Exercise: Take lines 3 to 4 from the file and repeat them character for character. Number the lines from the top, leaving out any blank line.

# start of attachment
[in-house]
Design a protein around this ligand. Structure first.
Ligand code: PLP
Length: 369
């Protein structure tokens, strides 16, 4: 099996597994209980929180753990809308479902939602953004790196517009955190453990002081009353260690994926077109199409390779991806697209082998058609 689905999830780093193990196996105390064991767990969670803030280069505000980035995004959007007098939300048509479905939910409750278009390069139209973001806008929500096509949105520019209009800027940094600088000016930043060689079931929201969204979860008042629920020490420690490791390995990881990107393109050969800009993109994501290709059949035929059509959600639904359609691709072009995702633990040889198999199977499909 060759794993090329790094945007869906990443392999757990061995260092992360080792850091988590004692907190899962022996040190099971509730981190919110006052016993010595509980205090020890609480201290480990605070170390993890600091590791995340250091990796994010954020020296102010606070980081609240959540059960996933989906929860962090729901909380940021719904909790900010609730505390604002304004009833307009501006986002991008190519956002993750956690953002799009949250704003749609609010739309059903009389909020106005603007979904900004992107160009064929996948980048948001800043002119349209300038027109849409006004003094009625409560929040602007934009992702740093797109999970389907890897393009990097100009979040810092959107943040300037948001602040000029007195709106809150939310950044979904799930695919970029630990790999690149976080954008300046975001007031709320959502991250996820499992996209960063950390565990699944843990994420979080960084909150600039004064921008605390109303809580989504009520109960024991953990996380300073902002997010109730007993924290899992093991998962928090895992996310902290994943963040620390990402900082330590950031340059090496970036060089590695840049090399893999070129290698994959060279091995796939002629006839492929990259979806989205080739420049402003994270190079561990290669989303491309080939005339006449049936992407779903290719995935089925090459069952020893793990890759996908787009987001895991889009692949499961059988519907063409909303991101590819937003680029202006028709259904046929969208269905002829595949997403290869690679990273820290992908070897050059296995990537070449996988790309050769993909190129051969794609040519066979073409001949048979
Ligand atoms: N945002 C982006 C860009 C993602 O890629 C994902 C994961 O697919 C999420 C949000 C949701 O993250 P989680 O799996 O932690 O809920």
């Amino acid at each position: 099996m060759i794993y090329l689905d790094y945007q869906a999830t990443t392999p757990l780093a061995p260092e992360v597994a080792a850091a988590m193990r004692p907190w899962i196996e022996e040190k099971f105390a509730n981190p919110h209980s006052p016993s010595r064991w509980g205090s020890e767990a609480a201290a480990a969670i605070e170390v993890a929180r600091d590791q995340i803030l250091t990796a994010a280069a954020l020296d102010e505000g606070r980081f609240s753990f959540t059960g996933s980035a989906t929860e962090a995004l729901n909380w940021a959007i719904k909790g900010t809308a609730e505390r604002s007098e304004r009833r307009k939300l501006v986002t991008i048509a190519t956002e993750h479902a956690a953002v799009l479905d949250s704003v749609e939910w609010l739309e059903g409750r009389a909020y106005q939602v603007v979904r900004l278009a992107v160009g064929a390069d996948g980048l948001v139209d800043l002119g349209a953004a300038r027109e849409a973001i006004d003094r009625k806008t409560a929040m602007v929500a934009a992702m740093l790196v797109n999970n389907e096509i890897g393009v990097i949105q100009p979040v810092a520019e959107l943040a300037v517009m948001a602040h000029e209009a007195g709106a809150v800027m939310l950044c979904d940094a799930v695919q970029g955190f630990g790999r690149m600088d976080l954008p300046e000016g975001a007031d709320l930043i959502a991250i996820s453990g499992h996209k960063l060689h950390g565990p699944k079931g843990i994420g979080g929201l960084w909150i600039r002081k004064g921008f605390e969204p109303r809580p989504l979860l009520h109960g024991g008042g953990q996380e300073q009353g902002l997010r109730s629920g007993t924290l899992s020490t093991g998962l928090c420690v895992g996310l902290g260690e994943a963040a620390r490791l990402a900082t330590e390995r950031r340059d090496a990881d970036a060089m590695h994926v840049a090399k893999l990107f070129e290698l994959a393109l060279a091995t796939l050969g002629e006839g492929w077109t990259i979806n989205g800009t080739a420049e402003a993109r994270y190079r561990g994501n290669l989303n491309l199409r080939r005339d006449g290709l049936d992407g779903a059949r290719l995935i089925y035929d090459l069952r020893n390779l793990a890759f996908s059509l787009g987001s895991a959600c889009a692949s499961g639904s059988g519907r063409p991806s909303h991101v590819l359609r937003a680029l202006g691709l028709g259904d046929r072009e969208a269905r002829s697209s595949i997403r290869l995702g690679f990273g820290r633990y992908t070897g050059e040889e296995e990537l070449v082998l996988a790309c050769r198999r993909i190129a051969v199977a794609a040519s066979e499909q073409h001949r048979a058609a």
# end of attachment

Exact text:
Ligand code: PLP
Length: 369